Sporty Sewing in Bamboo Jersey

Hoodies and running skirt made from Mood Fabrics' bamboo jersey.

I’ve been curious about bamboo fabric ever since my husband came home from a search-and-rescue team meeting one day back when we were in graduate school and told me that everyone on the team was switching to socks made out of bamboo because of the natural anti-bacterial properties of the fabric. (If you’re curious, his search-and-rescue team was an amazing group of volunteers that would get called out into the wilderness when people would get lost or injured while hiking or otherwise galavanting in the great outdoors.) I don’t talk about it much here, but I’ve been a competitive runner since high school and love being outside. Almost every morning starts with a run, and if I had my way, every weekend would involve some time on a trail. Having athletic gear made out of a fabric that would naturally fight off odors sounded fabulous. But, years passed and nothing made of bamboo made it into my running gear. Editor’s note: The most recent info we could find on bamboo fabrics being anti-bacterial is that the FTC still considers this an unsupported claim. Personally, we’d choose bamboo jersey for the softness alone.

Hoodies and running skirt made from Mood Fabrics' bamboo jersey.

Well, that is until I found Mood Fabric’s selection of bamboo jerseys. To start off I chose two fun colors, hot pink and pale blue, since I like to be visible when I’m on the trail and since I knew I wanted to make something for both me and my husband. The pattern choices were easy, too. I’d received the Men’s and Women’s Avocado Hoodie patterns from Disparate Disciplines for backing the new pattern company’s Kickstarter campaign, and I’d been eagerly awaiting cooler months in order to try out the design. I also made a coordinating running skirt for me from Jalie 2796.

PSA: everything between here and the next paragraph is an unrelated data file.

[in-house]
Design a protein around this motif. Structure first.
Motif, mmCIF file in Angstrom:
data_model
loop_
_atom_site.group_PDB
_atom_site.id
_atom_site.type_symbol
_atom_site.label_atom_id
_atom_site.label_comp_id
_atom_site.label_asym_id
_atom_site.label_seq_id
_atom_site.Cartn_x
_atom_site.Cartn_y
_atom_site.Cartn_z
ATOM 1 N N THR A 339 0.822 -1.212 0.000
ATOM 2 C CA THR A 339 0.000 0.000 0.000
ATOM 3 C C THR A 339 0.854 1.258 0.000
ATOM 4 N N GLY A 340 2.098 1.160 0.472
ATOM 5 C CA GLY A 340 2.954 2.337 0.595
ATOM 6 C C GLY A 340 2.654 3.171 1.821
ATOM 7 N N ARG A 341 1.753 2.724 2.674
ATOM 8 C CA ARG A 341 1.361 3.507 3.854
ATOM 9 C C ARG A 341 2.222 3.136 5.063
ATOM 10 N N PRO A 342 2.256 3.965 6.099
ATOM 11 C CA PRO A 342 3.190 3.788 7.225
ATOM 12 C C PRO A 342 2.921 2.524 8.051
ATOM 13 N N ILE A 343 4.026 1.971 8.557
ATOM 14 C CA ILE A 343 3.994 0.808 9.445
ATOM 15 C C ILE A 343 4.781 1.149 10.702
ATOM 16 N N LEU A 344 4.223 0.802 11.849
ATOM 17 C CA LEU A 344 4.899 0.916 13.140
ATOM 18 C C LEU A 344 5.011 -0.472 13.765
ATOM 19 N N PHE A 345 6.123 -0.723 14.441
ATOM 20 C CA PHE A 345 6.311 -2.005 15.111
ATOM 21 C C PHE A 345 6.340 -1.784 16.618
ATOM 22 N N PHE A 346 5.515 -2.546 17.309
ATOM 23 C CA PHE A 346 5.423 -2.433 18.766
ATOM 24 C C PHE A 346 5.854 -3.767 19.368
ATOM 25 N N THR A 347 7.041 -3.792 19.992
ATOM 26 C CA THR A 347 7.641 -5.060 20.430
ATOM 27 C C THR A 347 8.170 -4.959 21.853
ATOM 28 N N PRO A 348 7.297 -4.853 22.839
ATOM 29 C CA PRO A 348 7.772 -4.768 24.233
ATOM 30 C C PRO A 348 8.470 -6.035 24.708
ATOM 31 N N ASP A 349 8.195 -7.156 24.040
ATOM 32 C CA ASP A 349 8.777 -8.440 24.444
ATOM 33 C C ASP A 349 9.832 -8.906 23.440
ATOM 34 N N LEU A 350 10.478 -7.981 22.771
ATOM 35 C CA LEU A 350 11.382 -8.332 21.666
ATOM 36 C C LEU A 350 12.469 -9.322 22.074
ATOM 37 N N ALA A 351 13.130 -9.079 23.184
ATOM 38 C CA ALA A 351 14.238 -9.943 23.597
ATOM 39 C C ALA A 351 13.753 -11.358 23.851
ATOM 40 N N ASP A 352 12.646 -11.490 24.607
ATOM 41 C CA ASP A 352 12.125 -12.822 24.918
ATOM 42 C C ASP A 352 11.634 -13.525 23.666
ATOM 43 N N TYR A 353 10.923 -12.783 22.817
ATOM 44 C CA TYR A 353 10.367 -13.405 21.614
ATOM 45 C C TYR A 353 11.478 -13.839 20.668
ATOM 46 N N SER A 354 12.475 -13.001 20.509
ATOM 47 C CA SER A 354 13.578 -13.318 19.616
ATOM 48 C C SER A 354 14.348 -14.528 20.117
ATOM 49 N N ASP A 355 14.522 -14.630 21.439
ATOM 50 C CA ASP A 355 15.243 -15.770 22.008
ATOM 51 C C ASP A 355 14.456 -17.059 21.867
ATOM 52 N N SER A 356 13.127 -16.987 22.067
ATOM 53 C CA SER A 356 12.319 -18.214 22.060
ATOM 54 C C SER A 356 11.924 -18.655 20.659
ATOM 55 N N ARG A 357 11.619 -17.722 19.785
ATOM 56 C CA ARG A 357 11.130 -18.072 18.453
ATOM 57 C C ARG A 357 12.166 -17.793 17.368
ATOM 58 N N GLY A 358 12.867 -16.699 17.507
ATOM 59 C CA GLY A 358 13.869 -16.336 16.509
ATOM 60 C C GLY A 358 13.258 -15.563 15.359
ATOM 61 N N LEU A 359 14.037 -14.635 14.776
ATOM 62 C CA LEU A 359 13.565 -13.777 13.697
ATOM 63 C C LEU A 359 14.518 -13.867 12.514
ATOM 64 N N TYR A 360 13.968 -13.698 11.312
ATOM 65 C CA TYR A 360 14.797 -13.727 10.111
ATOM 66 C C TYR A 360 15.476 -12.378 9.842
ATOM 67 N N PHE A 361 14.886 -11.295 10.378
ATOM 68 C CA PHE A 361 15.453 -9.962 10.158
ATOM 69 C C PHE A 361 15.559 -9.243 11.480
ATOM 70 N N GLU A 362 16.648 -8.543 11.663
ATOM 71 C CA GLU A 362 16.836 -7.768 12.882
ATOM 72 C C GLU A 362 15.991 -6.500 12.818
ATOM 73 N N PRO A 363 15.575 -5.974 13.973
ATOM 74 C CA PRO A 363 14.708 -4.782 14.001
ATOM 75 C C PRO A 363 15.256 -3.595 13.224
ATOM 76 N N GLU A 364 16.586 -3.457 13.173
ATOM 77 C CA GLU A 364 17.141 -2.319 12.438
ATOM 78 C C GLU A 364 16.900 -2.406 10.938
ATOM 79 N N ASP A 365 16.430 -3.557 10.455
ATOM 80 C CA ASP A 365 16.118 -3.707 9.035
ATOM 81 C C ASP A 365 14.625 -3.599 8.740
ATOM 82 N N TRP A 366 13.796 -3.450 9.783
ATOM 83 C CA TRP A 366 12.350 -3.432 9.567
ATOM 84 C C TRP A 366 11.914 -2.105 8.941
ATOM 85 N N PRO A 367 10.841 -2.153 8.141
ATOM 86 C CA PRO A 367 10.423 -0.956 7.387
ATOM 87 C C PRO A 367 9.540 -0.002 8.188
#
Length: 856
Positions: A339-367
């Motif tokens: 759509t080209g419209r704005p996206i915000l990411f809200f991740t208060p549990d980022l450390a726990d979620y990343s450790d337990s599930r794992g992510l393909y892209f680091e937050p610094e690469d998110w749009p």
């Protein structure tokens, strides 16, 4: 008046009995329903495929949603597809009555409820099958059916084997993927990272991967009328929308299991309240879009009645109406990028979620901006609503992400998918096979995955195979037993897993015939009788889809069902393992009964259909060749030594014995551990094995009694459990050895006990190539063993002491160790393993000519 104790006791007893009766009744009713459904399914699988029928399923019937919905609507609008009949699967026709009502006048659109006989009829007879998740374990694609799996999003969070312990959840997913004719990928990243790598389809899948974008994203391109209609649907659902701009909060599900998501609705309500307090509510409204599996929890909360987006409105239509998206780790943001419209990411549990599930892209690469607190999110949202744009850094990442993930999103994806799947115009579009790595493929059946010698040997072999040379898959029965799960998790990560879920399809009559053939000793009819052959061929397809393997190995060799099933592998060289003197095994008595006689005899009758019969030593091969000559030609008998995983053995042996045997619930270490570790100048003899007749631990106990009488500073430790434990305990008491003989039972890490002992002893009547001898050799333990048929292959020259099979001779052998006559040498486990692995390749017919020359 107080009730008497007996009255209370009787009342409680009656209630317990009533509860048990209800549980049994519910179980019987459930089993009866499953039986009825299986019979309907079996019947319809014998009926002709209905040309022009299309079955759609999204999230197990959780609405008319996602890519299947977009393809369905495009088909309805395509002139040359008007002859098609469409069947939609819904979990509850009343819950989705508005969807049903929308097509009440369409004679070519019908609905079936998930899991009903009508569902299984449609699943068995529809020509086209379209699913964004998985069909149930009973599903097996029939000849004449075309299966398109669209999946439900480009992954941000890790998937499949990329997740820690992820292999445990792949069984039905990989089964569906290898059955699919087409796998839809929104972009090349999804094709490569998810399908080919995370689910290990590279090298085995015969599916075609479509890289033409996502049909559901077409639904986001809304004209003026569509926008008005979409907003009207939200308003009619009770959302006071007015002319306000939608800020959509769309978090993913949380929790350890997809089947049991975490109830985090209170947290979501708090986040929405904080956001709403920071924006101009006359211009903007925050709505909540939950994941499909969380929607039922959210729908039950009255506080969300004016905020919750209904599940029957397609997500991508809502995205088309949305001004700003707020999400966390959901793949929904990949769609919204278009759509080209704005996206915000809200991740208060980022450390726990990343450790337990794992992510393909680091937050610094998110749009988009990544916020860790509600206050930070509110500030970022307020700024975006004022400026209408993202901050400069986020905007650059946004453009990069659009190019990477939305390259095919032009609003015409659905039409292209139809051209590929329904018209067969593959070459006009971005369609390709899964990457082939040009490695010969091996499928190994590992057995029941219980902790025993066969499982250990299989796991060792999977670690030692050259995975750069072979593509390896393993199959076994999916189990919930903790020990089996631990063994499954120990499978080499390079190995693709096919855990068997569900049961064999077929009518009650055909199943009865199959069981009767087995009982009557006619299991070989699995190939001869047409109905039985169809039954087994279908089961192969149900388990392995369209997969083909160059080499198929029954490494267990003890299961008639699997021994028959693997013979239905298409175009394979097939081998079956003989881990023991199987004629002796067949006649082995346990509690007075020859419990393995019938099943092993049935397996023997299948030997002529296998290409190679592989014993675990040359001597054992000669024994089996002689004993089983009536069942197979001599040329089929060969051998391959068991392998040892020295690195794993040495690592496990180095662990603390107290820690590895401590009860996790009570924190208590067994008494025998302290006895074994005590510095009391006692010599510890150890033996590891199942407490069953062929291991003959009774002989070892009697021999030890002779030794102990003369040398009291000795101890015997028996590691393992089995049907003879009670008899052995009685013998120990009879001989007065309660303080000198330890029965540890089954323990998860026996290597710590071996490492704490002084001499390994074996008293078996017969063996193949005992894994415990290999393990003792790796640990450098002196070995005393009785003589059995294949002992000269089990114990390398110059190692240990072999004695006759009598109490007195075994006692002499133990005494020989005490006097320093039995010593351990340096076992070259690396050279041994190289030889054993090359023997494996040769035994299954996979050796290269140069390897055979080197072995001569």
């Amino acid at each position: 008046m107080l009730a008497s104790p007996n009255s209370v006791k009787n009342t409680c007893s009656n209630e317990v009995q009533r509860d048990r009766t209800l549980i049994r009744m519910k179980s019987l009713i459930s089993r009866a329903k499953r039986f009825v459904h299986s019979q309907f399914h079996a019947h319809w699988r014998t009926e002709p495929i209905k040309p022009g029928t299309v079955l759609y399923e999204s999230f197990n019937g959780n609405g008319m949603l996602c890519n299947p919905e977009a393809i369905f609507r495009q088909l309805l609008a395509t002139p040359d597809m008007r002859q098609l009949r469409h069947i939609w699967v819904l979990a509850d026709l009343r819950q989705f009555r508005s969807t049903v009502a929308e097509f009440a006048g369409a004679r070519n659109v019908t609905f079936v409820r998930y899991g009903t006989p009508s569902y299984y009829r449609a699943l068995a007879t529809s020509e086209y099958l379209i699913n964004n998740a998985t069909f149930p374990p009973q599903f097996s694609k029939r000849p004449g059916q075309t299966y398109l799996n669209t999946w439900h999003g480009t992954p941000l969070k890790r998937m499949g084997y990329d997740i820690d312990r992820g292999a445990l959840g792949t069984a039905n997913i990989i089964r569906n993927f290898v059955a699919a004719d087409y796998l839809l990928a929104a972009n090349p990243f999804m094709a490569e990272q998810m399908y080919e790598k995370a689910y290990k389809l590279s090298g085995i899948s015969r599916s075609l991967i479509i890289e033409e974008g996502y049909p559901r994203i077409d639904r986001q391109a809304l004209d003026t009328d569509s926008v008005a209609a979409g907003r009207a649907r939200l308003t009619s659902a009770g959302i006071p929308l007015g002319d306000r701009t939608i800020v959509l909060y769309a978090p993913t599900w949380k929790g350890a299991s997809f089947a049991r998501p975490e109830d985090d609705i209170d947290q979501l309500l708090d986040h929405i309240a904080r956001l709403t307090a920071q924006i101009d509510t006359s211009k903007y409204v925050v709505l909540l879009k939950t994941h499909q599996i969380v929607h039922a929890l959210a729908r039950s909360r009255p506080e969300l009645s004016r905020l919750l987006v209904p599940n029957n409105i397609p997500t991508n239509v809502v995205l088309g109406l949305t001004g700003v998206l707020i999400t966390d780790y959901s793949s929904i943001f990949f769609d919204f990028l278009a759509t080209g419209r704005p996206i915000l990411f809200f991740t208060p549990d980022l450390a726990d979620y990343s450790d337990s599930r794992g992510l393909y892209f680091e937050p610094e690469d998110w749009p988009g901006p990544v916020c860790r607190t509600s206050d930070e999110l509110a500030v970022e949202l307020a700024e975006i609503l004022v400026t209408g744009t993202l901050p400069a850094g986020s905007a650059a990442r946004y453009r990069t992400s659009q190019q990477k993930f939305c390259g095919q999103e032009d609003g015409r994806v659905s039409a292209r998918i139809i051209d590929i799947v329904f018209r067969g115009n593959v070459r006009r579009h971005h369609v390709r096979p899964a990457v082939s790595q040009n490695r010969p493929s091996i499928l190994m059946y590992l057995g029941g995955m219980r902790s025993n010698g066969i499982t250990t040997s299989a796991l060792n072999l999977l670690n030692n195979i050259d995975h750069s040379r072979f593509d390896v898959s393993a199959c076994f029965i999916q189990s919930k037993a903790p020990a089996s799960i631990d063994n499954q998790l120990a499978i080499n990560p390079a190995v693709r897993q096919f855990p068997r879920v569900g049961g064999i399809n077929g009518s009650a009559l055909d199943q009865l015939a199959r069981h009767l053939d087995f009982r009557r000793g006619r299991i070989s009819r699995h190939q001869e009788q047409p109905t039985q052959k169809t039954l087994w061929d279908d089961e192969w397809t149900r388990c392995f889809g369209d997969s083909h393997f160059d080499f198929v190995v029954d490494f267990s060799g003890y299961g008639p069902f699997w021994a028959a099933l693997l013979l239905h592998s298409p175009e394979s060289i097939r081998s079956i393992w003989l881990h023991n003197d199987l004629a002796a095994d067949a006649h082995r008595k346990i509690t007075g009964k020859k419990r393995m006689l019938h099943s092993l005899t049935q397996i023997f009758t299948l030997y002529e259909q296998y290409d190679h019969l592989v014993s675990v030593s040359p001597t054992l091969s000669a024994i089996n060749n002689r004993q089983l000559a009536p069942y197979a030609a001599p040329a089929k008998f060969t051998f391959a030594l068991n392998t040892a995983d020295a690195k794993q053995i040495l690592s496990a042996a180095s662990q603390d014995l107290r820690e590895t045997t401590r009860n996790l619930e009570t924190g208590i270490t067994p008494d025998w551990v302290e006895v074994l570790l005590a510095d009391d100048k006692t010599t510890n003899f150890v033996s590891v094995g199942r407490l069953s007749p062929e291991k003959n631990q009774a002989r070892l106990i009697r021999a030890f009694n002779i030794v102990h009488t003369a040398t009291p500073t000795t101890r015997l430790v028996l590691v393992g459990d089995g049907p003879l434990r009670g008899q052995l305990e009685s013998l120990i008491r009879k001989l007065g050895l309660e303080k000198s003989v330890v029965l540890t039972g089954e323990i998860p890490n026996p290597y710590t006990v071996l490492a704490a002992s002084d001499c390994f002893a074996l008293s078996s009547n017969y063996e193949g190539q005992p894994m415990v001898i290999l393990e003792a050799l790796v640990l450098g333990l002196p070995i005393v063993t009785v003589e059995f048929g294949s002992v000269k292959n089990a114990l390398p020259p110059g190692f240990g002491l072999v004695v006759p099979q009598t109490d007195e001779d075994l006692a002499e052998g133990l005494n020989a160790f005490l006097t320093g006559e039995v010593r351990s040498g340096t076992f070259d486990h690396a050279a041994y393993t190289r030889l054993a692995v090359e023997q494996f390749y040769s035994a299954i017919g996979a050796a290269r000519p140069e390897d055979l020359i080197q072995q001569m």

Hoodies and running skirt made from Mood Fabrics' bamboo jersey.

The Avocado Hoodie pattern not only comes with a hood, but also comes with a large kangaroo pocket in the front that wraps around to the back to also give your partner somewhere warm to put their hands when you’re walking with your arms around each other. The pattern seems to run a teeny bit large, at least based on the fact that it still fits me pretty well despite cutting out my pre-pregnancy size and the fact that I cut my husband’s button-down shirt size and he has plenty of room for layers underneath. But, the sizing could seem large because of the awesome stretchiness of the bamboo jersey. This stuff is soft and pliable and just all kinds of awesome. That said, I might just have to make my next version out of this Thakoon sweatshirt knit to test my sizing theory. Anything for the sake of science, right?! Regardless, I think my husband and I are both quite happy with the fit, even if it is a bit looser than some of our other athletic gear. Plus, it’s bamboo, and we’re excited to see if these hoodies live up to my husband’s former team’s anti-bacterial hype.

Hoodies and running skirt made from Mood Fabrics' bamboo jersey.